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Impact of medical and technological advances on survival rates of people with disabilities

Impact of Medical and Technological
Advances on Survival Rates of People
with Disabilities
Disability Services Commission
Increase in life expectancy of people with disabilities 2.4 Cultural shifts and changes in medical practice 2.7 Awareness and accessibility of medical and technological 2.8 Specific needs of women with disabilities 2.10 Impact of economic rationalism and decision making 4. ETHICS AND THE USE OF MEDICAL AND TECHNOLOGICAL ADVANCES 10 ABSTRACT
In recent times, the life expectancy of people with disabilities has increased in Australia; however, it is important to ensure that these added years of life are accompanied with improvements in health related quality of life. Medical and technological advances can also benefit people with disabilities and improve their survival and quality of life. To enable people with disabilities to fully utilise the benefits of the advances in medicine and technology, societal attitudes towards people with disabilities needs to change with more equitable medical treatment of people with disabilities. In addition, coordination of health care for people with disabilities is essential to provide appropriate and timely health services. Medical and technological advances in diagnostics and prognostics, surgical intervention, pharmacotherapy and general technology have played an important role in improving the health and quality of life for people with disabilities. Future medical and technological advances hold great promise and are expected to unfold in the next several decades. This report highlights several key issues for people with disabilities in relation to their health and wellbeing, major medical and technological advances that could benefit people with disabilities, ethical considerations in the use of these advances as well as future advances in medicine and technology. 1. INTRODUCTION
In Australia, in recent decades there have been increases in life expectancy for people with disabilities, as well as, for the general population (AIHW, 2007). The expected life with disability has increased from 14.7 years in 1988 to 18.6 years in 2003 for males and from 16.0 years to 20.7 years for females (AIHW, 2006a). Several studies have identified major risk factors that predict decreased life expectancy of people with disabilities including immobility (Eyman et al., 1990; Hutton & Pharoah, 2006; Plioplys, 2003), assisted feeding (Eyman et al., 1993; Plioplys, 2003), severity of intellectual disability (Bittles et al., 2002; Shavelle et al., 2001), and secondary diseases, disabilities or infections, including heart defects, blindness and epilepsy (Day et al., 2005; Hayes et al., 1997; Hutton, 2006; Patja et al., 2000). In addition, the presence of multiple risk factors increases the overall risk of mortality (Hutton, 2006). Therefore, it is likely that advances that decrease the severity or incidence of these predictors are likely to increase the survivability and life expectancy of people with disabilities. Advances in medical technology which encompasses all aspects of medicine including devices, pharmaceuticals, surgery and the organisation of medical practice itself has improved the lives of people with disabilities. These advances have added years to life, however, it is important that these added years of life should be accompanied with improvements in health-related quality of life. The World Health Organization (1998) noted that ‘adding years to life’ is an empty victory without ‘adding life to years’. Advances in technology have improved people’s independence and social participation. For example, better assistive technologies and advances in electronic and information technology have improved accessibility which has been liberating for many people with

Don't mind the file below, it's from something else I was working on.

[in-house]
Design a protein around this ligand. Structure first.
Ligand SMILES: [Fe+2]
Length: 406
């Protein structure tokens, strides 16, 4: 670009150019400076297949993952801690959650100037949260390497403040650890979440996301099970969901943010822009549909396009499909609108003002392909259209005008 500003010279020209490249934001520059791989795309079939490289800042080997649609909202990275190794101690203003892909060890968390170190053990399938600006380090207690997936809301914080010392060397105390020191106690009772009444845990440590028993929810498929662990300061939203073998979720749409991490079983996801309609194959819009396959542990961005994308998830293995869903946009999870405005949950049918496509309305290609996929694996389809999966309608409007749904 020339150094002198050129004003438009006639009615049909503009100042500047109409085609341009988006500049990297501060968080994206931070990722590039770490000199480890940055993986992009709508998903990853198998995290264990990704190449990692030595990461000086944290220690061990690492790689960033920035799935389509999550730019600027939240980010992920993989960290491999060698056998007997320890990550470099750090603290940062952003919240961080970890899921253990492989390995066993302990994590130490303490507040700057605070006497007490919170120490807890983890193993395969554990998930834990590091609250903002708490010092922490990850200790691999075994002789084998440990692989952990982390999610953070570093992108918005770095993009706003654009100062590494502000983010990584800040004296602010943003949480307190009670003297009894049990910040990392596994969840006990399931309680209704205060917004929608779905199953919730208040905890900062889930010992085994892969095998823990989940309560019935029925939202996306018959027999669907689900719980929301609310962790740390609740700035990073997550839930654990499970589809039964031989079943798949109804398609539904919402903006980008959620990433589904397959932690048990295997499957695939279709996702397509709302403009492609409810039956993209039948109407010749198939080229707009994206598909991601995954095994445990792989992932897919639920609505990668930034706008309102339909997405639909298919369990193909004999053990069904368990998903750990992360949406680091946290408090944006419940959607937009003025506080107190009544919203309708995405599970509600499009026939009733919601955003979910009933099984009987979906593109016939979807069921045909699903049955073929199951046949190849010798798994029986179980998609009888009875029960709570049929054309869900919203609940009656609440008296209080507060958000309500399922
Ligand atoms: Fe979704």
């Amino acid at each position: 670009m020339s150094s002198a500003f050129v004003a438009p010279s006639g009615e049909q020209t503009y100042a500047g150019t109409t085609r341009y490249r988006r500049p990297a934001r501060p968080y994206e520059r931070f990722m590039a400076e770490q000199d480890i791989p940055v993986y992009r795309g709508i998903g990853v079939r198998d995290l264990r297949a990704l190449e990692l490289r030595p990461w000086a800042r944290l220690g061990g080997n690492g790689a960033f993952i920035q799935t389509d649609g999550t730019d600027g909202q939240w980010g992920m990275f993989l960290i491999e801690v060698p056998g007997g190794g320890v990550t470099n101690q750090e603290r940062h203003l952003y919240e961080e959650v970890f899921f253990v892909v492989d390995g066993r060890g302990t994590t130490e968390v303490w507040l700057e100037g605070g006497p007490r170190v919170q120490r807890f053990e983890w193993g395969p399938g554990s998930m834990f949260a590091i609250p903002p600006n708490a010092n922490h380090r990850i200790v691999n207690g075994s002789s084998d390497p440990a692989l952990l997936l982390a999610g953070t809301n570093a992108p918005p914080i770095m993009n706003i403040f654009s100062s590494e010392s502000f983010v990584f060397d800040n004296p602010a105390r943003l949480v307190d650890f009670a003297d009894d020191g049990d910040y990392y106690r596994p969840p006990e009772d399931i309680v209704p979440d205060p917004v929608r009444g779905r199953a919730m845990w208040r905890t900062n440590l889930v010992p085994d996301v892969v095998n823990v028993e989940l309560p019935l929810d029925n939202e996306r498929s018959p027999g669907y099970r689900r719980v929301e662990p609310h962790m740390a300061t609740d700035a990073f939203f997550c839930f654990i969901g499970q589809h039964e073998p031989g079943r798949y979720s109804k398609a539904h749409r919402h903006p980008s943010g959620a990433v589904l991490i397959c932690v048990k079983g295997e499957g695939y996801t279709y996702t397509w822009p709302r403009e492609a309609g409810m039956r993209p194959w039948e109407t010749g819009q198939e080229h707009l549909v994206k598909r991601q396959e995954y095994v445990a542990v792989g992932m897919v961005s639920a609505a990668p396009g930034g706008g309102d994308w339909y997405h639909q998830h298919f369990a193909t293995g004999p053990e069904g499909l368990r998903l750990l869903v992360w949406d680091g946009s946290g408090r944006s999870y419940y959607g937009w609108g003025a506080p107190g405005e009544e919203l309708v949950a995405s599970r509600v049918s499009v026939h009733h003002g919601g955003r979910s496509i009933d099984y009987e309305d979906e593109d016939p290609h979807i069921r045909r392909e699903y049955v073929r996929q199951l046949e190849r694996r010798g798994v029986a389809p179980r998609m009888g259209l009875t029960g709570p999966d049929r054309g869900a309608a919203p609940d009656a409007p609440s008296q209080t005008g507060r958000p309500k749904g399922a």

The purpose of this report is to explore the impact of medical and technological
advances that have made a beneficial contribution to the life expectancy and quality of life of people with disabilities. This report focuses on disabilities with aetiology during early and mid lifespan and includes cerebral palsy, multiple sclerosis, epilepsy, Autism Spectrum Disorders, spina bifida and Down syndrome. Key issues and trends contributing to increased life expectancy are presented in this report. The major medical and technological areas covered in this report include advances in: diagnostics and prognostics; surgical interventions; pharmacotherapy; and general technology. In addition, ethical considerations in the use of technology and medical advances along with medical and technological developments that hold promise for the future are discussed. 2. KEY TRENDS AND ISSUES